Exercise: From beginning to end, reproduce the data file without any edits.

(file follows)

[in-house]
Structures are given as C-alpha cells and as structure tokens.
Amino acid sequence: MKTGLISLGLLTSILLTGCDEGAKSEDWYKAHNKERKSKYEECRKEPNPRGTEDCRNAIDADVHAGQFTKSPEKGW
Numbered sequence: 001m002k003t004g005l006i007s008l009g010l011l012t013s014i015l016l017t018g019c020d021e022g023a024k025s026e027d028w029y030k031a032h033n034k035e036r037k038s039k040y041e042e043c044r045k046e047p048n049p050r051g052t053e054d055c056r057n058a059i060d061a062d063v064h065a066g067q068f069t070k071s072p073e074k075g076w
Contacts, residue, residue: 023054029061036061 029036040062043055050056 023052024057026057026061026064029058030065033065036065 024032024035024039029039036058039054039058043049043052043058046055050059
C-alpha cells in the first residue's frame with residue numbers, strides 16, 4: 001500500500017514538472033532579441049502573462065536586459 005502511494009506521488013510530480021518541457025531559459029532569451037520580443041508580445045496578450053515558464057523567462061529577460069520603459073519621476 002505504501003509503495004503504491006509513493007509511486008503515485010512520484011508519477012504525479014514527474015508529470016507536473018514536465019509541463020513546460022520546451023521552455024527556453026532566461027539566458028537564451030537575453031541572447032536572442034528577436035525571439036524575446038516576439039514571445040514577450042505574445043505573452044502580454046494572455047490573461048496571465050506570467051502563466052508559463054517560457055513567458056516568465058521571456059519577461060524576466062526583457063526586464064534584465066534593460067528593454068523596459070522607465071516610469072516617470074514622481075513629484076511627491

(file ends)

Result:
[in-house]
Structures are given as C-alpha cells and as structure tokens.
Amino acid sequence: MKTGLISLGLLTSILLTGCDEGAKSEDWYKAHNKERKSKYEECRKEPNPRGTEDCRNAIDADVHAGQFTKSPEKGW
Numbered sequence: 001m002k003t004g005l006i007s008l009g010l011l012t013s014i015l016l017t018g019c020d021e022g023a024k025s026e027d028w029y030k031a032h033n034k035e036r037k038s039k040y041e042e043c044r045k046e047p048n049p050r051g052t053e054d055c056r057n058a059i060d061a062d063v064h065a066g067q068f069t070k071s072p073e074k075g076w
Contacts, residue, residue: 023054029061036061 029036040062043055050056 023052024057026057026061026064029058030065033065036065 024032024035024039029039036058039054039058043049043052043058046055050059
C-alpha cells in the first residue's frame with residue numbers, strides 16, 4: 001500500500017514538472033532579441049502573462065536586459 005502511494009506521488013510530480021518541457025531559459029532569451037520580443041508580445045496578450053515558464057523567462061529577460069520603459073519621476 002505504501003509503495004503504491006509513493007509511486008503515485010512520484011508519477012504525479014514527474015508529470016507536473018514536465019509541463020513546460022520546451023521552455024527556453026532566461027539566458028537564451030537575453031541572447032536572442034528577436035525571439036524575446038516576439039514571445040514577450042505574445043505573452044502580454046494572455047490573461048496571465050506570467051502563466052508559463054517560457055513567458056516568465058521571456059519577461060524576466062526583457063526586464064534584465066534593460067528593454068523596459070522607465071516610469072516617470074514622481075513629484076511627491